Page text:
Clyde Street

Learning, Teaching, Performing

Goal-Line Technology Update: July 2012

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I have been following discussions about the use of goal-line technology in football.

A Special Meeting of the International Football Association Board (IFAB) on 5 July 2012 had goal-line technology as the first item on its agenda.

An IFAB report of the meeting noted:

Following the conclusion of a nine-month test process that began in August 2011, led by EMPA (Swiss Federal Laboratories for Materials Science and Technology), the IFAB unanimously decided to approve in principle both companies that took part in Test Phase 2: GoalRef and Hawk-Eye. This approval is subject to a final installation test at each stadium before the systems can be used in “real” football matches, in accordance with the FIFA Quality Programme for GLT.

The IFAB noted that the technology will be utilised only for the goal line. Revisions to the wording of specific Laws of the Game will be made, relating to: Law 1 (The Field of Play); Law 2 (The Ball); Law 5 (The Referee); and Law 10 (The Method of Scoring).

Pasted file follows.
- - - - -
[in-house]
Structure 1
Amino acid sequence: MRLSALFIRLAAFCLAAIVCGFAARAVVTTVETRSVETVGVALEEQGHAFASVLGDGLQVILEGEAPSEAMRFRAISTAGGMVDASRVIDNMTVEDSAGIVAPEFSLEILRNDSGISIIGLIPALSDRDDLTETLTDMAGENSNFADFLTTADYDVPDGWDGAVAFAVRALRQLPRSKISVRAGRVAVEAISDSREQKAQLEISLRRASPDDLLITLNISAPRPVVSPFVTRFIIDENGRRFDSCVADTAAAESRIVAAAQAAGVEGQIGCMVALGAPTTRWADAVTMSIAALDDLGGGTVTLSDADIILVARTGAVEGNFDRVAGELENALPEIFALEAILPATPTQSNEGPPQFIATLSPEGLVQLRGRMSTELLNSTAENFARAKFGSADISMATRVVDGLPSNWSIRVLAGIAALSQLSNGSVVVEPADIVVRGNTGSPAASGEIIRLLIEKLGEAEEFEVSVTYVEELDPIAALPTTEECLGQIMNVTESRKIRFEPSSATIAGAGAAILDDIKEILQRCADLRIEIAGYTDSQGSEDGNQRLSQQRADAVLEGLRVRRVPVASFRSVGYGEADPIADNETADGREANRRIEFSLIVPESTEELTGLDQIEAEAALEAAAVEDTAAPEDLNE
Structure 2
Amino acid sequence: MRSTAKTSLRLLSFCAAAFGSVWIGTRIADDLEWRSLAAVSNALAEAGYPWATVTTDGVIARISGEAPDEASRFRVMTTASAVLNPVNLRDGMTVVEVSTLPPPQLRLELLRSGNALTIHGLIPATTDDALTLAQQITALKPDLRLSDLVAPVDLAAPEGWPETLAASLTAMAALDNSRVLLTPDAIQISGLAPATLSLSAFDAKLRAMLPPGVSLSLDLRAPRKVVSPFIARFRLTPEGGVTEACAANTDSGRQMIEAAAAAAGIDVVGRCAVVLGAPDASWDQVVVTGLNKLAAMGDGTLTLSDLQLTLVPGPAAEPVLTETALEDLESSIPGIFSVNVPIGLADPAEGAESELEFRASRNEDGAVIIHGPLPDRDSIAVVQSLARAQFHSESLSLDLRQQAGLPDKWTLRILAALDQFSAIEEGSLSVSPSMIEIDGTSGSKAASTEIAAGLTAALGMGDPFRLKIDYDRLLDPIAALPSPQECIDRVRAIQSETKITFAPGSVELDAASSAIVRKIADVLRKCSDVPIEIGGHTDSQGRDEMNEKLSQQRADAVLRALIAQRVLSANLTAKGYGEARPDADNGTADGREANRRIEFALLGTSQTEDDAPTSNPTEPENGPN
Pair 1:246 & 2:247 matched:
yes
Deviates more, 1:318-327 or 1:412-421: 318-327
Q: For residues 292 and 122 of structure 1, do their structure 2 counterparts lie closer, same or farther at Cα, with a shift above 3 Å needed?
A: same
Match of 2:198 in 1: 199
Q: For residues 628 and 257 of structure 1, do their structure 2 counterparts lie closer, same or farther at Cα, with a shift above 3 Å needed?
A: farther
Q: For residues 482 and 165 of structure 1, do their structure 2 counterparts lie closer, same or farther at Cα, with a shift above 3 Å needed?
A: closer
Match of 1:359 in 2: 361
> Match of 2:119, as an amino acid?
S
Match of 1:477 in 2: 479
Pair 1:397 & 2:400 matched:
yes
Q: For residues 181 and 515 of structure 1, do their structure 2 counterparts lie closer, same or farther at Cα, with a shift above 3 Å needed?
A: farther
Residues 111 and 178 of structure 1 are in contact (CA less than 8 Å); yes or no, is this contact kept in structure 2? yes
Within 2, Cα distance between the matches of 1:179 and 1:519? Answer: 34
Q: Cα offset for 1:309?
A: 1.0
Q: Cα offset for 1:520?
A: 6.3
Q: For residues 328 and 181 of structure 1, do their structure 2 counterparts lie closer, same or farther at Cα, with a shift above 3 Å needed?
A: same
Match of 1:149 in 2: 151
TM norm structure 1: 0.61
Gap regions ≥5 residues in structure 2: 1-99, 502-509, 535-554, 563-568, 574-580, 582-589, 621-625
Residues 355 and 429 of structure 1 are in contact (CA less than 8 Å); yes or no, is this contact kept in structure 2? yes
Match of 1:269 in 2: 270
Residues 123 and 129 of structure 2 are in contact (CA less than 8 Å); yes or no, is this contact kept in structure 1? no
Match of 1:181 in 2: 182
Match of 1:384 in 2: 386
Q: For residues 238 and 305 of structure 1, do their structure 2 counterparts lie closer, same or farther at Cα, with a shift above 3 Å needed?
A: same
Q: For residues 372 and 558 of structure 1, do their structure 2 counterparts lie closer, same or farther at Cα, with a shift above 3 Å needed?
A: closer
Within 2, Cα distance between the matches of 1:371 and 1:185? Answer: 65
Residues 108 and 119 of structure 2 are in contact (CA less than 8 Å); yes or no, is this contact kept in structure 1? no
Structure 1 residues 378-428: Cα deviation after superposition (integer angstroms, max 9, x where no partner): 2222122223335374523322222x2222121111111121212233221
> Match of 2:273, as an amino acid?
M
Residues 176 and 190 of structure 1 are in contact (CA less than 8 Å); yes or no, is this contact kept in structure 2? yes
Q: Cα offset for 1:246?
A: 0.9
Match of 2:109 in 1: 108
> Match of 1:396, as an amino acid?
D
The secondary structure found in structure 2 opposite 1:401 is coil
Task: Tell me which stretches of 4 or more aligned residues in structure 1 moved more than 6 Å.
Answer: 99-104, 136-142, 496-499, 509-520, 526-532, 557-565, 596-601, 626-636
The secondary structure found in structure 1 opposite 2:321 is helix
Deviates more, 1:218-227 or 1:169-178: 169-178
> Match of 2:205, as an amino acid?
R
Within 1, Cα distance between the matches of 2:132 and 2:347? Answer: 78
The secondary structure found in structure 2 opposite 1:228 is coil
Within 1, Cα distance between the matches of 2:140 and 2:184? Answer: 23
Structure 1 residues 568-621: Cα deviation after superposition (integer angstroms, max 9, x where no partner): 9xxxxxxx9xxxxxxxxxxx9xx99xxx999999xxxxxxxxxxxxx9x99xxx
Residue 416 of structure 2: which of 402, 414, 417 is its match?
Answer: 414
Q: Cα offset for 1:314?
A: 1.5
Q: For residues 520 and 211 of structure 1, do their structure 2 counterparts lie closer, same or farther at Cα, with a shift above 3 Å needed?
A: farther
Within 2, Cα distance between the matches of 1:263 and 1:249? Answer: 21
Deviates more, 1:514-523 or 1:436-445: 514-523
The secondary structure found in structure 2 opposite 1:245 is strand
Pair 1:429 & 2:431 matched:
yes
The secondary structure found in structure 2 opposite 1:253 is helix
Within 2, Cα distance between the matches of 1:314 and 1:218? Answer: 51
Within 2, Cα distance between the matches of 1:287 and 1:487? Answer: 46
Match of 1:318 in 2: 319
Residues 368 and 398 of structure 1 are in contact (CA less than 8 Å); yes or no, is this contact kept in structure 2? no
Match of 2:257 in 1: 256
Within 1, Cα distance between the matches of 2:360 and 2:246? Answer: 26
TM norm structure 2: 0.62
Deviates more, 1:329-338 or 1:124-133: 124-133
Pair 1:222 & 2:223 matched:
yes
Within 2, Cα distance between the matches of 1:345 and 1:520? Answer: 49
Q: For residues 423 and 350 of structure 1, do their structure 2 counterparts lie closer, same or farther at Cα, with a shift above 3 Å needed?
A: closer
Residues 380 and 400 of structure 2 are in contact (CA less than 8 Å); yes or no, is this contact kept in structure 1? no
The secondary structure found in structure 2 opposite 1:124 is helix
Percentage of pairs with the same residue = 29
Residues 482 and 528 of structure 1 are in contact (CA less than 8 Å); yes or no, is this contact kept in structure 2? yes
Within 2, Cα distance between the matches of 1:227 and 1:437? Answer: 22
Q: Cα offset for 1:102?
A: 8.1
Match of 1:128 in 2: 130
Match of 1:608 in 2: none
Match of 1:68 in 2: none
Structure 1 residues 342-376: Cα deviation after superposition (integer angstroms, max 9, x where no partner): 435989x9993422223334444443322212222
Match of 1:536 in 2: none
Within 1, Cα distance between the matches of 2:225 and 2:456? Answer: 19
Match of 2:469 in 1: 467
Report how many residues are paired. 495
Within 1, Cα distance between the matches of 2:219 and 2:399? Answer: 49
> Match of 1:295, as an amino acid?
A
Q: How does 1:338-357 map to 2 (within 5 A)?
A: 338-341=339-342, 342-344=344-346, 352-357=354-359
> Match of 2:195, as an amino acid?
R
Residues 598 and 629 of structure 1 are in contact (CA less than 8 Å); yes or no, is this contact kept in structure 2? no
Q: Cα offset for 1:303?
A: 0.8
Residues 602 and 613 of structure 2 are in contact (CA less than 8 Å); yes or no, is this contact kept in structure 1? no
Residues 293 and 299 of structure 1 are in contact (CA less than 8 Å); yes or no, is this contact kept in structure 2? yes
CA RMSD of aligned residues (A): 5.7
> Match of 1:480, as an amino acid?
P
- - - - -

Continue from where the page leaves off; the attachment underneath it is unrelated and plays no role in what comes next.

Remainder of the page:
These are the goal-line technology specifications that guided the IFAB discussion of the technology.

Edgar Alvarez points out that:

GoalRef uses “electromagnetic antennas around the goal posts and crossbar to transmit a signal to a referee’s watch as soon as the entire ball crosses the line”.

Hawk-Eye “requires six to eight high-speed cameras — that shoot at 500 fps — to grab multiple images of the match ball and quickly process them to identify if it indeed crossed the line completely — this is also helped by black-colored dots on each goal post which aid the cameras gain a better overall precision”.

A second item on the agenda considered additional assistant referees (AAR) following a two-year experiment in the UEFA Champions League, Europa League and EURO 2012, as well as the AFC President’s Cup and competitions in Brazil, France, Morocco and Qatar. The  IFAB agreed unanimously that the use of two additional assistant referees be approved. An amendment will be made to the Laws of the Game, “with a separate section concerning additional assistant referees. It was also approved that communication equipment be permitted between match officials in the Laws of the Game“.

Photo Credit

Football

Author: Keith Lyons

Clyde Street has been my WordPress blog since June 2008. I write about learning, teaching and performing.

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